Ushuaia is the capital of Tierra del Fuego, which is an island that marks the southernmost tip of South America before Antarctica. For this reason, it is often referred to as “El fin del mundo” (the end of the world). In truth, I’ve heard there’s dispute over which country (Chile or Argentina) actually lays claim to being at the end of the world given that different parts of the Tierra del Fuego archipelago belong to each one, but that’s for them to decide. All that matters here is: it’s really far south. It’s also technically a part of Patagonia since the Patagonia region makes up the entire southern tip of South America.
Ushuaia itself is delightfully picturesque—it’s built upon the edge of a wide bay and goes up the hillside where the base of the snow-capped Martial mountains begin. When you’re walking along the bay, you have a full view of the mountains circling around you on one side and a clear bay full of varying varieties of boats on the other. Here, the most popular things to do are to tour the surrounding waters and islands, view wildlife (penguins, sea lions, birds, etc), outdoor pursuits, and of course, gorge on seafood (King crab being particularly popular). Naturally, we did all of the above.
We booked a day trip that sailed us through the bay and the Beagle channel, stopping at tiny islands along the way to view cormorants and sea lions. A highlight was a stop on Martillo Island, which is home to colonies of Gentoo and Magellanic penguins (and one King penguin that arrived and decided to stay). While on the island, we wandered around the areas where the colonies were nesting, admiring them as they rested in the sun or body surfed in the water. One particularly industrious Gentoo caught our eye because he was busily stealing pieces from other penguins’ nests in order to build his own. As the other members of his colony were relaxing on their nests, he would waddle around, check out what they had (“Hey, you using that? No?”), then snatch something from under them and quickly waddle back to his nest to add it to his growing stash of materials. We were told this is an activity unique to this particular genus of penguins and it was fun to watch it unfold.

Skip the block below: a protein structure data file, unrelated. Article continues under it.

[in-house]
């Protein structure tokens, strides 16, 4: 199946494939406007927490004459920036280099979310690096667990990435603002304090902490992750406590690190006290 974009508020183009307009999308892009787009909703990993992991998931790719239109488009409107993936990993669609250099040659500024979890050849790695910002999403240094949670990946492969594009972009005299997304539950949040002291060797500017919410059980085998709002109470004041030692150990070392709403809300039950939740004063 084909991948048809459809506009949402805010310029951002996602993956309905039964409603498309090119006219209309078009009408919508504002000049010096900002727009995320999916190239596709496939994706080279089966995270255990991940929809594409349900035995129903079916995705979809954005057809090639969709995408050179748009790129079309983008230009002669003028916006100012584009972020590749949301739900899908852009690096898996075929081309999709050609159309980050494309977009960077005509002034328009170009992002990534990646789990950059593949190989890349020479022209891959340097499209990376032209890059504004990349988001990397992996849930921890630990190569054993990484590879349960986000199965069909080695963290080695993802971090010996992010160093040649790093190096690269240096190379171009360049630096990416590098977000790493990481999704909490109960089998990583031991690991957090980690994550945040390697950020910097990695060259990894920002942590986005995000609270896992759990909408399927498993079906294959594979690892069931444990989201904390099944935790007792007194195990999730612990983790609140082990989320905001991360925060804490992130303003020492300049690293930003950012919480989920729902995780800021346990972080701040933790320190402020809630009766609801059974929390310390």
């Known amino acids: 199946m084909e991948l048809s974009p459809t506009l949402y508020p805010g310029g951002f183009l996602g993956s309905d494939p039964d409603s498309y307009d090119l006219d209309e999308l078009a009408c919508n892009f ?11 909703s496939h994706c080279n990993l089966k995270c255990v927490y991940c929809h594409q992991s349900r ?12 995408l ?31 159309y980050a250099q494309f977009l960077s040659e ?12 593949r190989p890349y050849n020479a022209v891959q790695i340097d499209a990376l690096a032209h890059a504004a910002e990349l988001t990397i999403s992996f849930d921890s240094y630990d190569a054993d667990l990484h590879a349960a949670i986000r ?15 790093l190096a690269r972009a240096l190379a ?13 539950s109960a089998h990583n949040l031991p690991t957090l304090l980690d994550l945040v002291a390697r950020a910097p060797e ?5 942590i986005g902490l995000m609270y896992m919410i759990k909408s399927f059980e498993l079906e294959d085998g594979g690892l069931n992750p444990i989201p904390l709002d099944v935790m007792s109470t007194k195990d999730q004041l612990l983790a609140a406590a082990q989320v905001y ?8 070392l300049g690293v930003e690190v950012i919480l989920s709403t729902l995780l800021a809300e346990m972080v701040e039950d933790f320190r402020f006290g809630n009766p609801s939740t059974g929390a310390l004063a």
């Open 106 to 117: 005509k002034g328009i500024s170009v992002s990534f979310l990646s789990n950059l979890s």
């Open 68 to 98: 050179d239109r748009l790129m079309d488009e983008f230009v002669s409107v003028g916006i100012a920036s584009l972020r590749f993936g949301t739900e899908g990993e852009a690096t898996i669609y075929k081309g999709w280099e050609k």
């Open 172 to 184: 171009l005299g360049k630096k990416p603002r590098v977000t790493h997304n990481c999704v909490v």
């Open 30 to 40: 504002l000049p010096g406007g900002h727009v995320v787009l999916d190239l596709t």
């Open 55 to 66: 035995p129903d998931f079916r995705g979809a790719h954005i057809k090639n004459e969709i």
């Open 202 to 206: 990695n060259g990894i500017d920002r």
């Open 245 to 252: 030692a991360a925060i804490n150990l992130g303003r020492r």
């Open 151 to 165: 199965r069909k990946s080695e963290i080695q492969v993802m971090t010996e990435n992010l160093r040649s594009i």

Aside from viewing animal life, we also visited one of the oldest Estancias in Tierra del Fuego (which is like a homestead or ranch) and went hiking in the exquisite Tierra del Fuego National Park, which is a gorgeous park full of trails, both coastal and mountain scenery, and lots of wildlife. This part of the world may be the “end” in some ways, but it is truly the beginning in others.
Like my visit to the Chilean side of Patagonia last year, this trip to the Argentinian side felt “just right” and exactly what I needed after a long digital nomad trip. It was also cold enough to prepare me for the climate that awaits me back home, which may have otherwise felt like a shocking adjustment. Right now, as our Patagonian adventure concludes and we prepare to return to Buenos Aires before flying home in a few days, I feel wonderfully satisfied.